It’s Spring 1981, and I’m in Charlottenburg, on the western edge of the British Occupied Sector of West Berlin.
The picture is taken on Wundtstraße at the edge of the Lietzensee. These names are still powerfully evocative of the time I spent in Berlin, half a lifetime ago. German big city carscapes are, in my experience at least, underwhelming. The urban dwellers’ favoured cars are small, cheap, usually French, Japanese, or Korean, and very old by British standards, but not quite old enough to be interesting.This was certainly the case in West Berlin at the time of the photograph, in spite of its extraordinary status as a virtual ‘island’, an outpost of the west deep in Communist Europe.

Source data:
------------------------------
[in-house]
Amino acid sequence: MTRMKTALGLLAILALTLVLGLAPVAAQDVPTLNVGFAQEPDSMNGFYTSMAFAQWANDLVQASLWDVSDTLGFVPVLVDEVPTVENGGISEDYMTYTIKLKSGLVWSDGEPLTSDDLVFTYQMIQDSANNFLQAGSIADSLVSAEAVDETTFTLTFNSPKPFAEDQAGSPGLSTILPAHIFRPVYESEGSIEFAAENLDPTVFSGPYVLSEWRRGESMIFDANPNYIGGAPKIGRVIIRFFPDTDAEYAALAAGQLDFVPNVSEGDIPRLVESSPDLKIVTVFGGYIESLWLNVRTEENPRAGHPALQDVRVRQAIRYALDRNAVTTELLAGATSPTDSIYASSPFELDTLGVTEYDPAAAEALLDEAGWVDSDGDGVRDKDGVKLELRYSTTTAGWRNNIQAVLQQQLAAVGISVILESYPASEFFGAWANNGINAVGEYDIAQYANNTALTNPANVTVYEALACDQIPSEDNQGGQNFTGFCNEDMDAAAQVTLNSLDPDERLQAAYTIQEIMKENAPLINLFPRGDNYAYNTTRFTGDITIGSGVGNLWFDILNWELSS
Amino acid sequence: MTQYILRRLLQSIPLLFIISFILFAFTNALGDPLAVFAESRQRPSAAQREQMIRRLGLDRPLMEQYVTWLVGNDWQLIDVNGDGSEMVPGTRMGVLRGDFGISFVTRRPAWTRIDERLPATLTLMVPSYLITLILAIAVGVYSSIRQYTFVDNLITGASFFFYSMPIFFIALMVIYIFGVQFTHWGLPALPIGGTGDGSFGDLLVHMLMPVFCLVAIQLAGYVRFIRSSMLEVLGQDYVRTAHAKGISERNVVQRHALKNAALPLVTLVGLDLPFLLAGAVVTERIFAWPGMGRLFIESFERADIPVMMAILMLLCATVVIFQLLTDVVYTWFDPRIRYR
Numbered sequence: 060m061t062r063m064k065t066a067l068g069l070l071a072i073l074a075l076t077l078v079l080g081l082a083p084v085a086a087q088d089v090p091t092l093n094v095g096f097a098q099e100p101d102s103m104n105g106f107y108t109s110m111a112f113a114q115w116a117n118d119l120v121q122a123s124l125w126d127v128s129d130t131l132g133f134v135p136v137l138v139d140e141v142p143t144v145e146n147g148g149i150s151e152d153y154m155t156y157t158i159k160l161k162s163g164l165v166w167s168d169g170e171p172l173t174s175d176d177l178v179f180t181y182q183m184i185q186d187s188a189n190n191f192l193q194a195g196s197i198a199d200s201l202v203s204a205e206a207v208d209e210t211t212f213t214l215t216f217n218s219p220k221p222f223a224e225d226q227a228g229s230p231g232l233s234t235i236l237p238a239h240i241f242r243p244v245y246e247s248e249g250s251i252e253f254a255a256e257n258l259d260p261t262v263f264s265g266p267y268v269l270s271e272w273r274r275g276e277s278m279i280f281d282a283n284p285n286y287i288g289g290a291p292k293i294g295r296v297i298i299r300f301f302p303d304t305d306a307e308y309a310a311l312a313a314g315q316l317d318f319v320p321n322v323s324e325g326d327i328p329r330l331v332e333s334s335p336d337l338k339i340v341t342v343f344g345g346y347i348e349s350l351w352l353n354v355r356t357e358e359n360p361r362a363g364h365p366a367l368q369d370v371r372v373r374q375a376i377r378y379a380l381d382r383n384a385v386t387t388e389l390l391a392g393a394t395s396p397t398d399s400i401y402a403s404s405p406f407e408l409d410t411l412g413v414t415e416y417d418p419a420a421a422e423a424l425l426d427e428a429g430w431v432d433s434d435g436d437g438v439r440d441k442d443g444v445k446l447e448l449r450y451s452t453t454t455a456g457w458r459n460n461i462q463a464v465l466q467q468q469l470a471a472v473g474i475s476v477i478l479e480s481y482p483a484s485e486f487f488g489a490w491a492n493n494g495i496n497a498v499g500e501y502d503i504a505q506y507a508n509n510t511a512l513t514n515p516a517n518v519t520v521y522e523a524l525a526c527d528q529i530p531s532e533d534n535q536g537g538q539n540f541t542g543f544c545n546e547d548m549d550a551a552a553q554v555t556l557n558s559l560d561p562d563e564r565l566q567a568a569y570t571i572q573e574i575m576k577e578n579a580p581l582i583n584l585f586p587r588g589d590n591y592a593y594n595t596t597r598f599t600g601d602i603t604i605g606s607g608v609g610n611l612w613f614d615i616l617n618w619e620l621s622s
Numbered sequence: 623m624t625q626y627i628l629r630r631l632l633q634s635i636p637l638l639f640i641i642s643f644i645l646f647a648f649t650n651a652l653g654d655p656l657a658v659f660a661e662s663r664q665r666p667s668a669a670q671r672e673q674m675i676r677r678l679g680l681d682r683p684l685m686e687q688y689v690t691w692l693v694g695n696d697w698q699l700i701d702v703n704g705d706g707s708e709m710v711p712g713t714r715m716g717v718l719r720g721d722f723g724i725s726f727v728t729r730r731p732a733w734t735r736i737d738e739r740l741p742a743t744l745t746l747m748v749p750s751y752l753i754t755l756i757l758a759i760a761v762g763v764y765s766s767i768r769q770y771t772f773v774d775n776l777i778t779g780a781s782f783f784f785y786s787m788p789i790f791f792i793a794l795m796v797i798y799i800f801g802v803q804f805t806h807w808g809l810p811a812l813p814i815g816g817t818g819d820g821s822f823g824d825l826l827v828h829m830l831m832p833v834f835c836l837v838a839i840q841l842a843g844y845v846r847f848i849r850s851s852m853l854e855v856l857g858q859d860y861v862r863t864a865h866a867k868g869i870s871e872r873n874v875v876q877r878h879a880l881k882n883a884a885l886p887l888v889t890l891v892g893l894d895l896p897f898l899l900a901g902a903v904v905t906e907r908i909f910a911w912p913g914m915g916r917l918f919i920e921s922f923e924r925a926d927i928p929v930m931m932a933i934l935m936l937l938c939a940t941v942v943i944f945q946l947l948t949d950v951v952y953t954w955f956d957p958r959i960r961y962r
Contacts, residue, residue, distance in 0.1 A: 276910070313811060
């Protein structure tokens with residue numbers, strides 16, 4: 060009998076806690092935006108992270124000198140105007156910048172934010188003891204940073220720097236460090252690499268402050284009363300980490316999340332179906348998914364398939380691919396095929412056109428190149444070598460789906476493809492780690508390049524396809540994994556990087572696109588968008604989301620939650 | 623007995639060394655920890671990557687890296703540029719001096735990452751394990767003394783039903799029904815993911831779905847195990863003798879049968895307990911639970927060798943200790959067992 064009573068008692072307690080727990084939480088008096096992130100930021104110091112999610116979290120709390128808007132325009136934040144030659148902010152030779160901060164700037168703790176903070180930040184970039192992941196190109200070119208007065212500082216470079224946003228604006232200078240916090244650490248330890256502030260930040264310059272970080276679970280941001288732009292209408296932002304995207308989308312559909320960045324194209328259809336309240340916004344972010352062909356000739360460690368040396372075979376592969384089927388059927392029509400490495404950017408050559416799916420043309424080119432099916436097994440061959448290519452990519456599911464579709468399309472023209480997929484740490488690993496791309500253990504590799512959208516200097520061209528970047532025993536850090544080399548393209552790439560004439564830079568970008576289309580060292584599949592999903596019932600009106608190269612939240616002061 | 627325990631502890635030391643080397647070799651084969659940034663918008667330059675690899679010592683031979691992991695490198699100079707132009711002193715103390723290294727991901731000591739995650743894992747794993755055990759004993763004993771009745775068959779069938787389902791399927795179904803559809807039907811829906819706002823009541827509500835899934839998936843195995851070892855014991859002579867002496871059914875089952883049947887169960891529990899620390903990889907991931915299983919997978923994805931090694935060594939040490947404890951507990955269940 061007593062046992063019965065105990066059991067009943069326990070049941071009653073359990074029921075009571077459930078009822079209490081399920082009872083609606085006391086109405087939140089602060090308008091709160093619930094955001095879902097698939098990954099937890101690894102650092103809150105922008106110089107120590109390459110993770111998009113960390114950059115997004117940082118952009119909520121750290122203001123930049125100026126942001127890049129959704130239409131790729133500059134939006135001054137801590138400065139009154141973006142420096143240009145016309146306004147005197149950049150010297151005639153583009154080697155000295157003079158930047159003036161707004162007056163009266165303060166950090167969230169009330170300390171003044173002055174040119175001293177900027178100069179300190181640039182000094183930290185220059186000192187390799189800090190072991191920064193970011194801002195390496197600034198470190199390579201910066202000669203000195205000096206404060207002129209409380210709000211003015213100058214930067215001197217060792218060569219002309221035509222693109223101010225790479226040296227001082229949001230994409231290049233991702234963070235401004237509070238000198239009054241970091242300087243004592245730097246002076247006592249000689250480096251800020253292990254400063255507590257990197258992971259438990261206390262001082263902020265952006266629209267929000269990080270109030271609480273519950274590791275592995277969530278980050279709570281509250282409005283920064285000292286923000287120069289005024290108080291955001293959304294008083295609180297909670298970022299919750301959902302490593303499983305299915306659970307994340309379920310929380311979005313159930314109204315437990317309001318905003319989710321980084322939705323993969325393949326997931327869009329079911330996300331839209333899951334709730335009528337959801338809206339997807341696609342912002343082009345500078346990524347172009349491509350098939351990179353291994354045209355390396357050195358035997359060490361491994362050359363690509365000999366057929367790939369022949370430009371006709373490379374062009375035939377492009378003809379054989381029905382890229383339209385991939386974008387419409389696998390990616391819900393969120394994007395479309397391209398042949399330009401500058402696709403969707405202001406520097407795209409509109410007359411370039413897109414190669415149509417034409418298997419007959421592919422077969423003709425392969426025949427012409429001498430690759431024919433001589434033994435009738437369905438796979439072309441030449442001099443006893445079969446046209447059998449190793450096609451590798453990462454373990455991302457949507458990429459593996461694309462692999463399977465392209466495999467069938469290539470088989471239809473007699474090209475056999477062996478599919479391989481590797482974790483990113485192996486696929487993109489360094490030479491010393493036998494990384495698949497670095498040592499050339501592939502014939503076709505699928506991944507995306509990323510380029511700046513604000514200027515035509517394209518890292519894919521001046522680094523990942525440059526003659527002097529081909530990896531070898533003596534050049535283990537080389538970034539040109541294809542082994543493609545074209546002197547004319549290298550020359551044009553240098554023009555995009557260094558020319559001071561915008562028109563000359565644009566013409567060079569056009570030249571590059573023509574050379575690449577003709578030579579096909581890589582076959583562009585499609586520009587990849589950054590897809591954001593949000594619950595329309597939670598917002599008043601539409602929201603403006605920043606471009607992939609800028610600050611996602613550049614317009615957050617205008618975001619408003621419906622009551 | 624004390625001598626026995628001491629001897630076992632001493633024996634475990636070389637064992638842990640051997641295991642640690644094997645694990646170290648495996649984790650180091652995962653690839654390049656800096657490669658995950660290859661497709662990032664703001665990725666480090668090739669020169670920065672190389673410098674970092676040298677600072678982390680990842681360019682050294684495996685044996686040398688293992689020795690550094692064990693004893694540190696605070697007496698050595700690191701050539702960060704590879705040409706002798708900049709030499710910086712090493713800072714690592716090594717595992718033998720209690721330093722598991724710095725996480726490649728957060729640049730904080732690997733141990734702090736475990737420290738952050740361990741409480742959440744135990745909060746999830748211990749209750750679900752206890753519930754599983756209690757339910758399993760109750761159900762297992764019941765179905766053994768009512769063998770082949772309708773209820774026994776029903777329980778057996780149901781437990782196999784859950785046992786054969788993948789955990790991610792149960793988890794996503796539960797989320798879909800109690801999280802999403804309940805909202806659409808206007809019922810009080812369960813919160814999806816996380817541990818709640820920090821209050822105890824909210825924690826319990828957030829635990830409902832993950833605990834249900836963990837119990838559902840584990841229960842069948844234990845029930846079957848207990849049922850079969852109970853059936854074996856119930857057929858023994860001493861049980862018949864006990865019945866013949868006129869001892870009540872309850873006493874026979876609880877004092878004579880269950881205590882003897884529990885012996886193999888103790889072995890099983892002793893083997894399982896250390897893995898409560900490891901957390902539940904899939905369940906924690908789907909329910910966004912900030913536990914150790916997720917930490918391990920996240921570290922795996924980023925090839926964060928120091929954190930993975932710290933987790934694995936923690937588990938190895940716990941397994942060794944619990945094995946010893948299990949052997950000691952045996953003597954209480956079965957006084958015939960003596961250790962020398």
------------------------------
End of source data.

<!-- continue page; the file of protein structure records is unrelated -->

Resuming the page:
With the passage of three and a half decades, every car pictured here has a richer significance. They have played out their role, and contributed to the greater narrative and the evolution of their species.
There are two cars here which are ‘out of the ordinary’. If they had not been parked there on that day, the picture would never have been taken. The reader should have no difficulty guessing which two I mean. One had a tragically short production lifespan, the other’s turned out to be extraordinarily long. There are significant parallels between the two, but that’s another story, for another time.